The state has entered its eleventh month without a comprehensive budget. State leaders have abandoned investments that provide opportunities for women and mothers to get a good education and a good job, promote health and safety, allow children to grow and succeed, provide support for those caring for children, seniors, and those with disabilities, and foster thriving communities.
Women are disproportionally harmed by the failure of leaders to make passing a fully funded budget - one that chooses revenue over cuts to vital services - our state’s number one priority. This is due to the fact that women make far less than men for the very same work and caregiving responsibilities are far more likely to fall on their shoulders.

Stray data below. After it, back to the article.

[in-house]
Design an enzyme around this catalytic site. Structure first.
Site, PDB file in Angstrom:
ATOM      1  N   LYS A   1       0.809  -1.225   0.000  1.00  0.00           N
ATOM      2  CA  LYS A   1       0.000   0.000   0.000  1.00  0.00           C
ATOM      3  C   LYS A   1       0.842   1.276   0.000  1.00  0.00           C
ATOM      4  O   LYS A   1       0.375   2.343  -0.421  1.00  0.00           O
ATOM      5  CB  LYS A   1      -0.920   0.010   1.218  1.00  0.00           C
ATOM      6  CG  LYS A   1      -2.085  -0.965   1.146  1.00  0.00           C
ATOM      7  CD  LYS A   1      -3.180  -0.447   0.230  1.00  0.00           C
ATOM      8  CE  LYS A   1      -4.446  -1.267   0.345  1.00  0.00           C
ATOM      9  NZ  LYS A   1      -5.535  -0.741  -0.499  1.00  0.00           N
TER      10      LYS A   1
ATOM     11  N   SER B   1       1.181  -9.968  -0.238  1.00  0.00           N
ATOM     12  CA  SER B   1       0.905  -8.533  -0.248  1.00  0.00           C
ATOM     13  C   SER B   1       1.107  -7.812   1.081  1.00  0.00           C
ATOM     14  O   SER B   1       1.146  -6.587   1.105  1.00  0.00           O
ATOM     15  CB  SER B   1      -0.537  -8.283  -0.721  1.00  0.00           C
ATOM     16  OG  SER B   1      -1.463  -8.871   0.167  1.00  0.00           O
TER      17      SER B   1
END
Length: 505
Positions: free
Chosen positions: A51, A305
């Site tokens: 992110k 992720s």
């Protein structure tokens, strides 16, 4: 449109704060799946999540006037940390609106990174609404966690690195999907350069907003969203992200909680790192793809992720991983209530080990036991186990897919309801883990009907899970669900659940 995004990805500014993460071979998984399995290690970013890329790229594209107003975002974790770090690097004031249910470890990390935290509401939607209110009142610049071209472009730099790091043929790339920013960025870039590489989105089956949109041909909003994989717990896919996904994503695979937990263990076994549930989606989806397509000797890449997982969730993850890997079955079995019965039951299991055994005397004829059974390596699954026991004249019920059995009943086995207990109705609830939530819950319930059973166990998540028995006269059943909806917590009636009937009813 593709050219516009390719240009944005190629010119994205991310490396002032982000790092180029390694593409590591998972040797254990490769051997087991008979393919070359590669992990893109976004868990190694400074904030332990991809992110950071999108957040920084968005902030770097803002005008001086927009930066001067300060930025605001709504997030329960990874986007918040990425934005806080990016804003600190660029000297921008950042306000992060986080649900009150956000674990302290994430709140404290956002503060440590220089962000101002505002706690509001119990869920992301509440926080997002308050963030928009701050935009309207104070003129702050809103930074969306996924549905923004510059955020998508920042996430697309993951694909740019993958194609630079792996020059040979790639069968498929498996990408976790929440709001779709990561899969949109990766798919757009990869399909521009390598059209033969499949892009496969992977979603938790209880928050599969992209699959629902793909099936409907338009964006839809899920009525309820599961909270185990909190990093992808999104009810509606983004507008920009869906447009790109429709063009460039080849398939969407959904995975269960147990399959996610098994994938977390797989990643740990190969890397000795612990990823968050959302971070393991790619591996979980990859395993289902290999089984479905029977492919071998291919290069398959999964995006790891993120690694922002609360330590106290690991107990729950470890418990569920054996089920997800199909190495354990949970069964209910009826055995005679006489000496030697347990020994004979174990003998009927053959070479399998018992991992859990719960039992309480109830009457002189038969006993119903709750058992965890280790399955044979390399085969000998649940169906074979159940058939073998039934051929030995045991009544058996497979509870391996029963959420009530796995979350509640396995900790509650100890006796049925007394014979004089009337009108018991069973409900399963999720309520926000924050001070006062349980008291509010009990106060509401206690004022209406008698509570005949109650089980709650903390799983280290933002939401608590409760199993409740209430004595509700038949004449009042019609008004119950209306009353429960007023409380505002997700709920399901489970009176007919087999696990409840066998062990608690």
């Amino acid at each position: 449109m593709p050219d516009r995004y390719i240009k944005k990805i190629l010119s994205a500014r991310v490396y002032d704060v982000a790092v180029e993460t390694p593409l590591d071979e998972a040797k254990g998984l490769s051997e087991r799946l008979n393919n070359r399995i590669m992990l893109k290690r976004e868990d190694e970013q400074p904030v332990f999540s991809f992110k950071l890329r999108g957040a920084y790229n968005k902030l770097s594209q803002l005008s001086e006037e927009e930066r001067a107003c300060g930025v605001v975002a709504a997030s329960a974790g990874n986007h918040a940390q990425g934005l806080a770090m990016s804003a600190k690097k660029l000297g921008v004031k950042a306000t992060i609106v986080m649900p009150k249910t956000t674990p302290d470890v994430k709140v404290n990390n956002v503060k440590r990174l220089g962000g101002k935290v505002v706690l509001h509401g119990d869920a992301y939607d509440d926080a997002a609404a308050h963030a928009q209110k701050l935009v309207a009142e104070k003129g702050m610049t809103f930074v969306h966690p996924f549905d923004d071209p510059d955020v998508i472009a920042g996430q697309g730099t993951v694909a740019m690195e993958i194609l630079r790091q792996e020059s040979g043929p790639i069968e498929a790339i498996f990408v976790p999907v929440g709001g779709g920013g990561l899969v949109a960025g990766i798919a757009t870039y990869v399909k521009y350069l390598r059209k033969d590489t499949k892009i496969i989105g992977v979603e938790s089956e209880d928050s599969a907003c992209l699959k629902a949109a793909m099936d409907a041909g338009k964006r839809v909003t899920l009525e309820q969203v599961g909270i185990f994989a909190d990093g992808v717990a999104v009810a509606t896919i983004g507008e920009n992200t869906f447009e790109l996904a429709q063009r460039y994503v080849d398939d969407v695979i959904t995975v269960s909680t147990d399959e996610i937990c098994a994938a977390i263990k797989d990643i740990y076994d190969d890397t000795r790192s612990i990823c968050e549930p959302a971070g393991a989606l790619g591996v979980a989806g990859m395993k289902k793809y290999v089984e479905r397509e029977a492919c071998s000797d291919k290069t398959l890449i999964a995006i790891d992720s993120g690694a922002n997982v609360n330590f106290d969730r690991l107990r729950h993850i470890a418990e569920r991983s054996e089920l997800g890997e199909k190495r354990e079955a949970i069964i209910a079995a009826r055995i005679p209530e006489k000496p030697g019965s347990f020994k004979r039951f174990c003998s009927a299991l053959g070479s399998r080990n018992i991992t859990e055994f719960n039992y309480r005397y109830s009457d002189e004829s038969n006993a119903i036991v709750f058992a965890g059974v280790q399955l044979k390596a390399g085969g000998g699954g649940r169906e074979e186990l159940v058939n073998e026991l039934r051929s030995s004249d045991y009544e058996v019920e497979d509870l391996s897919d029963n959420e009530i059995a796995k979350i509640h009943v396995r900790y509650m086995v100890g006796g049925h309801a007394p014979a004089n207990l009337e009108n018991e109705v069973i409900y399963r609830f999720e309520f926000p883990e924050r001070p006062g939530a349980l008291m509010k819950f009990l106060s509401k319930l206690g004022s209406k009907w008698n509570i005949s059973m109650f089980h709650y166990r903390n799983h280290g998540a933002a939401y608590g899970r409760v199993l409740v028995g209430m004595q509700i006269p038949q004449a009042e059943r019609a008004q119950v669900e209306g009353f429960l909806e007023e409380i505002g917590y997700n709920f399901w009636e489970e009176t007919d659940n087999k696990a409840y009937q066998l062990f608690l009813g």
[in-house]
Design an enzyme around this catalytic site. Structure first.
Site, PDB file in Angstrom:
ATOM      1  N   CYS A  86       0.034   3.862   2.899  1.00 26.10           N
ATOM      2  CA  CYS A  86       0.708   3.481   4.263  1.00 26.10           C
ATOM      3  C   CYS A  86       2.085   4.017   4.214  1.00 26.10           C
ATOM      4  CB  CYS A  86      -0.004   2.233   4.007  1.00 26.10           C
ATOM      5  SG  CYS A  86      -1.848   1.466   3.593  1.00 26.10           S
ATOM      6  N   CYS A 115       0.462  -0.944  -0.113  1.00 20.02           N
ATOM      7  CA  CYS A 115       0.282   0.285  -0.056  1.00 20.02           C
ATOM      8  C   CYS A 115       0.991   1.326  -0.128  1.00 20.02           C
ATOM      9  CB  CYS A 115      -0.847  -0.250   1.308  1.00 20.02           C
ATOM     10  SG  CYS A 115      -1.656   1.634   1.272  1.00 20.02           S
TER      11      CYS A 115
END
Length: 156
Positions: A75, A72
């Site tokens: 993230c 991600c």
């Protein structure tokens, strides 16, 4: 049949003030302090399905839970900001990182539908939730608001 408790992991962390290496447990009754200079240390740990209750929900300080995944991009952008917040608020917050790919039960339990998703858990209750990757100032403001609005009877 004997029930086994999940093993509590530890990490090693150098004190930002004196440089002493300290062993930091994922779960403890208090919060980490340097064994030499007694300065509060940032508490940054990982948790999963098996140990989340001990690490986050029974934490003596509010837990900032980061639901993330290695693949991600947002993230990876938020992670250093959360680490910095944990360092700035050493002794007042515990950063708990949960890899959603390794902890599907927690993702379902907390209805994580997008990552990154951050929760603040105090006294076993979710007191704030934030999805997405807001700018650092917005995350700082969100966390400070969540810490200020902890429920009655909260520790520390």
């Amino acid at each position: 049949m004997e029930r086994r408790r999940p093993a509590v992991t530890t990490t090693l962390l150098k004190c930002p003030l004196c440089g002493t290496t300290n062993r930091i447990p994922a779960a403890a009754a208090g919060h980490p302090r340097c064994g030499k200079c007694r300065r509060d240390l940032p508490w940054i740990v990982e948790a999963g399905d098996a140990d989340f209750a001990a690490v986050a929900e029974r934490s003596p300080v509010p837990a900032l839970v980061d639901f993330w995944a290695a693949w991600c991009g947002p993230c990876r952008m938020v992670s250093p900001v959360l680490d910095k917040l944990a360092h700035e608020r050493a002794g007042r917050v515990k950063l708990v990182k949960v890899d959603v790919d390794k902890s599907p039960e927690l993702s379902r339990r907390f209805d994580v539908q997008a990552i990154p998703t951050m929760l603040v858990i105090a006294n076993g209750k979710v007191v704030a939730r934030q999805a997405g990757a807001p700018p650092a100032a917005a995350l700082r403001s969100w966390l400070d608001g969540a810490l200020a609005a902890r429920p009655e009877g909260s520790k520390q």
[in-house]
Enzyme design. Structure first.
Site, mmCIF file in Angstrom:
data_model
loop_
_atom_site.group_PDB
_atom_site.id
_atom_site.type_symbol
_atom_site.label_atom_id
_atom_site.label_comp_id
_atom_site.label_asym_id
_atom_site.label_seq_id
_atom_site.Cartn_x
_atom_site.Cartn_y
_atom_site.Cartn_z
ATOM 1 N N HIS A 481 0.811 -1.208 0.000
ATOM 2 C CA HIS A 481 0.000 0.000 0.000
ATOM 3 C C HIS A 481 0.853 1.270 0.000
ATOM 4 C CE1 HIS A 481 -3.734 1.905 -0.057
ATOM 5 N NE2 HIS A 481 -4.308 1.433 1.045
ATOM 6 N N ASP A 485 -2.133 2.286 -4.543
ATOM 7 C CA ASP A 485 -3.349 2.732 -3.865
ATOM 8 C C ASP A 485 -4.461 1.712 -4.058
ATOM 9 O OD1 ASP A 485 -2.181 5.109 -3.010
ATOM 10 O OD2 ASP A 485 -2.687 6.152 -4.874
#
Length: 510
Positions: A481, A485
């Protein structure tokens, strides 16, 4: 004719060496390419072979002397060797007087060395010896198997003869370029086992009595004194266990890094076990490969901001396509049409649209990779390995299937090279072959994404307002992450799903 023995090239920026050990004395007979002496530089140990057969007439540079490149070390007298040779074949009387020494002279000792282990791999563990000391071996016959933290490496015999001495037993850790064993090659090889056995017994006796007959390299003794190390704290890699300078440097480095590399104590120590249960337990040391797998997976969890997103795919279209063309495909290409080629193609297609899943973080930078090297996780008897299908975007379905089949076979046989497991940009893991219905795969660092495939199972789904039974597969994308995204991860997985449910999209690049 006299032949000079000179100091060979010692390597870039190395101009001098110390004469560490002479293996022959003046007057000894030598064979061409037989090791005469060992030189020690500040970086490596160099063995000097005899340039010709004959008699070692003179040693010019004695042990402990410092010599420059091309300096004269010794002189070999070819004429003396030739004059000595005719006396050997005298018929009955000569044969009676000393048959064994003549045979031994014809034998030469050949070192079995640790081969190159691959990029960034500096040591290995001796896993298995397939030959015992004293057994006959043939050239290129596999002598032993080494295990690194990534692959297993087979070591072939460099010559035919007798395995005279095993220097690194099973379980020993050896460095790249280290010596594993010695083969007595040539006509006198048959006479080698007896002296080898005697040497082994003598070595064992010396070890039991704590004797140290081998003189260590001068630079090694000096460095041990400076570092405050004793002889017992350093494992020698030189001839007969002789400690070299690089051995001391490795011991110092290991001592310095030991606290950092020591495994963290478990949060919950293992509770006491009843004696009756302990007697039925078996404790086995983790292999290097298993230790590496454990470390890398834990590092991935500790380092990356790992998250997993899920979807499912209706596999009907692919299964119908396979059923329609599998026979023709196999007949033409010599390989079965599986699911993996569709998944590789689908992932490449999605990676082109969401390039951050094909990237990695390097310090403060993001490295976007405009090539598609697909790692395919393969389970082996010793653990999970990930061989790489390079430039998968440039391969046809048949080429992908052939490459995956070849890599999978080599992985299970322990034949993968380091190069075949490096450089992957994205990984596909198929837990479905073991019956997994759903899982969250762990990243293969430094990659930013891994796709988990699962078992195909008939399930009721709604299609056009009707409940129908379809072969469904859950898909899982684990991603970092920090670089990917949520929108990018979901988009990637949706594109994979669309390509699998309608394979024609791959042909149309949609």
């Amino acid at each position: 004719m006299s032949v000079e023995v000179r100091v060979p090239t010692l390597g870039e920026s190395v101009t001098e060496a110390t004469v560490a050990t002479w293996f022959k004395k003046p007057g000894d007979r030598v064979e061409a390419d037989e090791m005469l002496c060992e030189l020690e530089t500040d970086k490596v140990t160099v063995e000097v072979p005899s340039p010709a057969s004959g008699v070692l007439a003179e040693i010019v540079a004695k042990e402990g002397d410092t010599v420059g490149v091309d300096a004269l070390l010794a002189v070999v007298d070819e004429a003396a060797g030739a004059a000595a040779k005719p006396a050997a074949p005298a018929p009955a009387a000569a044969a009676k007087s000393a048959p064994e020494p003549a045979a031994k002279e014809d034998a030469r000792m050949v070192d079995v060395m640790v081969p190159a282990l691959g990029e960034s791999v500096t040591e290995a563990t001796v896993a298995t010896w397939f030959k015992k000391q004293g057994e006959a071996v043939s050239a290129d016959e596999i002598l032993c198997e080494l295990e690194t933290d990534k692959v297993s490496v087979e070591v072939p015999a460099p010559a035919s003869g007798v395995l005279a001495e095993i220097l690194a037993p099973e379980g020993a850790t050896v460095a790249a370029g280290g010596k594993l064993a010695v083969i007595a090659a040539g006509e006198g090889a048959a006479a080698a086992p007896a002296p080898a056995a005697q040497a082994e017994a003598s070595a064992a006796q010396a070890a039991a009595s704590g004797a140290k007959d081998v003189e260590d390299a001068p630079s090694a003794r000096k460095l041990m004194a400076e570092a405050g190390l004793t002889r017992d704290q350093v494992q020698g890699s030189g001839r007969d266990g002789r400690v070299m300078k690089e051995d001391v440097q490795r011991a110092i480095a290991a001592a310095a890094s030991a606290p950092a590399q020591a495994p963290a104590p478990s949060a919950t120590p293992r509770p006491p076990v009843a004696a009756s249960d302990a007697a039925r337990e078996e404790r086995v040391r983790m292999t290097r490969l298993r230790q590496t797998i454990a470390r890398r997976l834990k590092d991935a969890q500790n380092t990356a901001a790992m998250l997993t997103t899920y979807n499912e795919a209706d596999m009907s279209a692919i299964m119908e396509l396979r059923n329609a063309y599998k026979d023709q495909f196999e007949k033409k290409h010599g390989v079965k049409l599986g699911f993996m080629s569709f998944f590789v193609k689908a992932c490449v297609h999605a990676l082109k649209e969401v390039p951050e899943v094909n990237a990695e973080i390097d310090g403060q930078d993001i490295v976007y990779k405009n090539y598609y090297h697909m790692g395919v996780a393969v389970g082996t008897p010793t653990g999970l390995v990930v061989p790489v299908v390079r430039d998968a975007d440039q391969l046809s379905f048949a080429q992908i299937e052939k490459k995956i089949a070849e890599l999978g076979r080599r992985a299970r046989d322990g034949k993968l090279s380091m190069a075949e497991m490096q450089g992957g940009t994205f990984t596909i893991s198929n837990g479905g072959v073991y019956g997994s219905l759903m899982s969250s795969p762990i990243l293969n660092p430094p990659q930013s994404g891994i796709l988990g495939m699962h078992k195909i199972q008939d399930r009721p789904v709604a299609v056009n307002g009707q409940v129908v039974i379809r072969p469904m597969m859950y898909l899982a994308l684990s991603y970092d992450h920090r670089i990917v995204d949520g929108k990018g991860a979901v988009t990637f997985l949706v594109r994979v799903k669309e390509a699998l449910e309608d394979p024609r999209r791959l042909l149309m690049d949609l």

In recent weeks, members of the General Assembly have been working on emergency funding measures. However, partial funding bills do not give women, families, communities, and small businesses the tools and certainty they need to get ahead. Women and their families need a fully-funded budget immediately.
Continued delay in enacting a budget creates immediate and lasting barriers for women. There are also serious consequences for women over the medium and long-term if lawmakers fail to raise sustainable revenues. If unpaid bills continue to pile up, services that are currently receiving funding such as breast and cervical cancer screenings, energy assistance, and K-12 education could also be at risk in the not too distant future.
The Responsible Budget Coalition first provided an analysis of the budget impasse’s impact on women in December. This is an update of that analysis and shows a number of ways state policymakers are creating barriers for women and mothers, including:
- denying women opportunities to go to college and work,
- failing to support female caregivers,
- robbing women seniors of independence and dignity,
- endangering women’s safety,
- and increasing poverty and homelessness among women.